Our country’s child porn laws are extremely strict for a reason – to deter the production and consumption of videos and images of sexually exploited minors by pedophiles. However, it is possible that an underage victim of sextortion who produces sexually graphic content can be accused of distributing child porn, a criminal offense.

The Brookings report found that 13 of the 78 sextortionist cases studied involved over 100 victims. That’s why it’s important for parents to meet with an attorney who has experience in properly explaining what happened to law enforcers, so cops can focus on arresting the offender and stopping harm done to other victims. I have like-minded contacts within law enforcement who also understand that the main goal is to punish perpetrators.

Important takeaways
  • Sextortion is a serious and underreported crime. My work with Brookings, drafting legislation, and fighting hard on behalf of clients who are victims is to ensure that more people feel confident enough to get help.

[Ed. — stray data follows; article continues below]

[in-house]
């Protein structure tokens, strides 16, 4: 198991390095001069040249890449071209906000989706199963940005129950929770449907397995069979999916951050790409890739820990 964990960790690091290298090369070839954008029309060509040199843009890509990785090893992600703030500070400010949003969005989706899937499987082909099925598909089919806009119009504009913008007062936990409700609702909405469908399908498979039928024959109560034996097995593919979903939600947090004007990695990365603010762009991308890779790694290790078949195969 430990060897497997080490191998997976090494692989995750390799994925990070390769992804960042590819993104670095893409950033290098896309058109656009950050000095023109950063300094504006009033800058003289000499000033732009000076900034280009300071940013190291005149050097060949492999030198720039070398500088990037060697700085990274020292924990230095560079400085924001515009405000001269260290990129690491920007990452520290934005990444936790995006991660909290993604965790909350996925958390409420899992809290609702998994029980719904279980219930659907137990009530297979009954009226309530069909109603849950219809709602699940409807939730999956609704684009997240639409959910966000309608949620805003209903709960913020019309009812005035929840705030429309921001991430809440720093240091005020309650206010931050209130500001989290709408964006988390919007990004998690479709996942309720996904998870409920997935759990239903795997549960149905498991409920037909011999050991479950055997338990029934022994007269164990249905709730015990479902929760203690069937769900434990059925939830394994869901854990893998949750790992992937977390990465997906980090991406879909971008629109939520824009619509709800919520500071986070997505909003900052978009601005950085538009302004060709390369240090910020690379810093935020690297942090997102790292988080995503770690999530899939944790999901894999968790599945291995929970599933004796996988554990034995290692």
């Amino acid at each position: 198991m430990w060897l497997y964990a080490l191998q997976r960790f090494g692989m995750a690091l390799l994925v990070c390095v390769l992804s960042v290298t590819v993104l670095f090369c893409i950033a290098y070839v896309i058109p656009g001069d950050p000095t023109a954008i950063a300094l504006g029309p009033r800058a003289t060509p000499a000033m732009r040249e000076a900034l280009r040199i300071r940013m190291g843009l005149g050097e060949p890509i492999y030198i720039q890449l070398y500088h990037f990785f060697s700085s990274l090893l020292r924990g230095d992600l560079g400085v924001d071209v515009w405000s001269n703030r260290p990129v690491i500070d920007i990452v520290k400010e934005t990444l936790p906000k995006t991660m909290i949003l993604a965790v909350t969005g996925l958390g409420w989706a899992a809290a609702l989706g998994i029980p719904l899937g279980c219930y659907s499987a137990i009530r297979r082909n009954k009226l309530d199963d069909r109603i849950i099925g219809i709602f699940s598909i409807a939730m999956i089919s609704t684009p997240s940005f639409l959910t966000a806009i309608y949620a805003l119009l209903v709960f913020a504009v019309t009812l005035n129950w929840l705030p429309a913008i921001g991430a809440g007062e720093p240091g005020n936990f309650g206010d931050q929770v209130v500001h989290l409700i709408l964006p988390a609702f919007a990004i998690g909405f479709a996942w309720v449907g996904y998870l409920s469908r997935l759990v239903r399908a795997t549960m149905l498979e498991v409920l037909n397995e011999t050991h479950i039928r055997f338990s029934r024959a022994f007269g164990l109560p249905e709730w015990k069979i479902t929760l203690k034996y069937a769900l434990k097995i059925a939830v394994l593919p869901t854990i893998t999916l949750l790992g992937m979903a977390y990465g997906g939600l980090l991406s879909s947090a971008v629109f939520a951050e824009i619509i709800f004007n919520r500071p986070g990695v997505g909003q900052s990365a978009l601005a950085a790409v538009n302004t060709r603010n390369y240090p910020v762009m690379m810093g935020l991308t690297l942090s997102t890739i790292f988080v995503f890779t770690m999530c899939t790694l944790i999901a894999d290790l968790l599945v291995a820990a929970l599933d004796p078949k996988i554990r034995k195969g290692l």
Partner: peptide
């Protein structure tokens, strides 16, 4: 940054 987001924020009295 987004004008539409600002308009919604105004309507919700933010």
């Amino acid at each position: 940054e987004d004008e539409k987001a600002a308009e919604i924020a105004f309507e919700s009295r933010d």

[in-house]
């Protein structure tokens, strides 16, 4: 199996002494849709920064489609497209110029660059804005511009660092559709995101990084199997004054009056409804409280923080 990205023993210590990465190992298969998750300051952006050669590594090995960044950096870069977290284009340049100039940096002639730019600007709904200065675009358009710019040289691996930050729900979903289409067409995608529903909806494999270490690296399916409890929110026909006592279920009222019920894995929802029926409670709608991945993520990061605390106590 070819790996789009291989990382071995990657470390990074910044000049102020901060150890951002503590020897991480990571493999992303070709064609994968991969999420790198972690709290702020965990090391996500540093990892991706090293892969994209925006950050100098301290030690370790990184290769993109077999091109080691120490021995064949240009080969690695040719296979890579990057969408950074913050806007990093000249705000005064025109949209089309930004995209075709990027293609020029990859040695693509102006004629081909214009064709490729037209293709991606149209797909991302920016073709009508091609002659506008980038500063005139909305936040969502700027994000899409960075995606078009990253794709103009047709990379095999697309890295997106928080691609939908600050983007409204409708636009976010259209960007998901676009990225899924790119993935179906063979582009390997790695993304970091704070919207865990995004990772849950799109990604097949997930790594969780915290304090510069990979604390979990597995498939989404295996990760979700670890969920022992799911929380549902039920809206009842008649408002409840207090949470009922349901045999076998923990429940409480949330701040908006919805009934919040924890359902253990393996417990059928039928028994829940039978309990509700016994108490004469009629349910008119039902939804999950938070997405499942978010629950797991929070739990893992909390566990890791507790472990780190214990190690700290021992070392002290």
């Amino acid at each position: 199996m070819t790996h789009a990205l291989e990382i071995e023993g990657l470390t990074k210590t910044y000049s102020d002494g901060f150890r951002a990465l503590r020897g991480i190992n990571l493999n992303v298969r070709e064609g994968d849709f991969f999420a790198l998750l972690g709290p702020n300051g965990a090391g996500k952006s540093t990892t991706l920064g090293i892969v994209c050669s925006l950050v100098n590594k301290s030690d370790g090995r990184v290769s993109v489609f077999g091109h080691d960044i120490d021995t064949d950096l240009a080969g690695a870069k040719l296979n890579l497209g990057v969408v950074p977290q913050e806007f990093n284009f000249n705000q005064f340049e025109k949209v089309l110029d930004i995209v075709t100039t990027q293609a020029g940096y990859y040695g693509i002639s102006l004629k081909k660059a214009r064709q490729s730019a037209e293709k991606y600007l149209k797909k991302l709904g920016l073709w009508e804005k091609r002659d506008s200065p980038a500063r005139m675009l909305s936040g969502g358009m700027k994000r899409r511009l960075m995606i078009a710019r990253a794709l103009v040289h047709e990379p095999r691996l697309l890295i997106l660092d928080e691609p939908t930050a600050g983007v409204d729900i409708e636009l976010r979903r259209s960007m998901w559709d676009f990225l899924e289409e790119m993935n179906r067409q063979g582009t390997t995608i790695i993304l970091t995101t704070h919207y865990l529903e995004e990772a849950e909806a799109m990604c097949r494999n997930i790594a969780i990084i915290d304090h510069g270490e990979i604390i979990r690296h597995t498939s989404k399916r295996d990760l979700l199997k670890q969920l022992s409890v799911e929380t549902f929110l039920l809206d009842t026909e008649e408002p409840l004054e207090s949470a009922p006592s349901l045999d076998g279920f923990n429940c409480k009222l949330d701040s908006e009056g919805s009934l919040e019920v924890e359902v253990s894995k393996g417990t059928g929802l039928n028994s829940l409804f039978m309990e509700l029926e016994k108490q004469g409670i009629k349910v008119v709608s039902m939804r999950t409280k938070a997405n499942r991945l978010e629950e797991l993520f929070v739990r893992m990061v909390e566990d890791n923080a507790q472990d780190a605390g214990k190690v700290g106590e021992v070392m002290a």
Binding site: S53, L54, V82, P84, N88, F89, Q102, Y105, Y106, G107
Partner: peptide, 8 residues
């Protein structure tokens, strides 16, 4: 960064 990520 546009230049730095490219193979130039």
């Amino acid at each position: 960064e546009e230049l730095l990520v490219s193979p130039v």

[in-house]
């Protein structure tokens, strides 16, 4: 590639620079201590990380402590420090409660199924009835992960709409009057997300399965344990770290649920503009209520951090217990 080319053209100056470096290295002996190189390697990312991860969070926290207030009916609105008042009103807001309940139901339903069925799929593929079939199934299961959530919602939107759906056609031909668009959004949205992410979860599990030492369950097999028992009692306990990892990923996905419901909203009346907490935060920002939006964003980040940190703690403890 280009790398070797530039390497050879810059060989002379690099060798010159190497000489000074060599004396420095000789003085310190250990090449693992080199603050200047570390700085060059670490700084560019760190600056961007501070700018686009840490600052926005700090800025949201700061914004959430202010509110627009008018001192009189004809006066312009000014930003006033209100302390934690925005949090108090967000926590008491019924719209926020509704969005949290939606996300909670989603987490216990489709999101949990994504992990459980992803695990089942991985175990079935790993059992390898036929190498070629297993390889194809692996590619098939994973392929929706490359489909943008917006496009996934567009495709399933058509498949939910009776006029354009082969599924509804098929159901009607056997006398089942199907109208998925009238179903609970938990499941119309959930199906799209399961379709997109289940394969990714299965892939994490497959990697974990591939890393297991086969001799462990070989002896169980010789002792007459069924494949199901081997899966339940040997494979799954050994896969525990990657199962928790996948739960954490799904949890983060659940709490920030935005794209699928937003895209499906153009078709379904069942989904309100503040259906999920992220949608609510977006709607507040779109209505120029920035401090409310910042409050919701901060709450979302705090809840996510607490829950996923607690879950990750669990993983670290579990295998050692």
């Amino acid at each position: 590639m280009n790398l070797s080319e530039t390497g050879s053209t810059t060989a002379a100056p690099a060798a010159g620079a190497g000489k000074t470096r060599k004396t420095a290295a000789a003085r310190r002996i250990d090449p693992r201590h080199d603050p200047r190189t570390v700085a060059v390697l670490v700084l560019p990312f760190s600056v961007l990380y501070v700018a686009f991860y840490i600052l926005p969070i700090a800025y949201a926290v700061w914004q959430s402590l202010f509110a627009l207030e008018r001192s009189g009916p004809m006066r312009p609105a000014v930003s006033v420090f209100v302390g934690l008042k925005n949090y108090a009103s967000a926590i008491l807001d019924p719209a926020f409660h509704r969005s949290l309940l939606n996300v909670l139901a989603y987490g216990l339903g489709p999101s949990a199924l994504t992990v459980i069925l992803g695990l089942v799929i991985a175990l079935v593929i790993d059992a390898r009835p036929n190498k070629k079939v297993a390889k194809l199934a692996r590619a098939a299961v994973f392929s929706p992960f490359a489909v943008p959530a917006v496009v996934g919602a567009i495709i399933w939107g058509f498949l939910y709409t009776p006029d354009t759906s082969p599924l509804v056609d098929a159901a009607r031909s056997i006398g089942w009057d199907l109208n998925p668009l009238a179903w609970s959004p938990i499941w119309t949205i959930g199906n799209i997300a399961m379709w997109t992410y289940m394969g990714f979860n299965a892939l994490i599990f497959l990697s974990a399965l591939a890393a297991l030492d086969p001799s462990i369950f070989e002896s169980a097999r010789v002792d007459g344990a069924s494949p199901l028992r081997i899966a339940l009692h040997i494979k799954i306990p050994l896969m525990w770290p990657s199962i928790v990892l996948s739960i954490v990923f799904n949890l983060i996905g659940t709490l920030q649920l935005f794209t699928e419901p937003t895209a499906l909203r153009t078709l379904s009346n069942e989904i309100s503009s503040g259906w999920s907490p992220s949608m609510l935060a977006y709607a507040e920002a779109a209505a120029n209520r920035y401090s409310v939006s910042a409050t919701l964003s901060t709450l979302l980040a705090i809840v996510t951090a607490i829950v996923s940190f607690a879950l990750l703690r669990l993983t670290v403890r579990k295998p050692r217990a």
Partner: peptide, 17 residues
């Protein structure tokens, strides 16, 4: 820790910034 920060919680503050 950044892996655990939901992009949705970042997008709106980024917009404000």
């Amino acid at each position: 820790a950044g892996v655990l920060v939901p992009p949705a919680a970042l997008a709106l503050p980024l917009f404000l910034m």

• I think it’s crucial for me to note that this is a crime that can happen to anyone of any age or class or gender. We have a number of cases involving men and women – politicians, financiers, or CEOs– who are also extorted for their money along with sexually explicit content.
  • Sexual extortion doesn’t also have to involve a remote offender. Anyone who is threatening to distribute sexually explicit image and videos if their target doesn’t comply with their demands is an offender.

If you suspect you are being sexually extorted, get help immediately!

If you’re experiencing sextortion, remember: you’re not alone. The good news is that you can handle this, you’re going to be okay. So, take a few deep breaths and check out some resources here.

If you need help now, text “THORN” to 741741, and a trained Crisis Text Line counselor will be there to support you anonymously.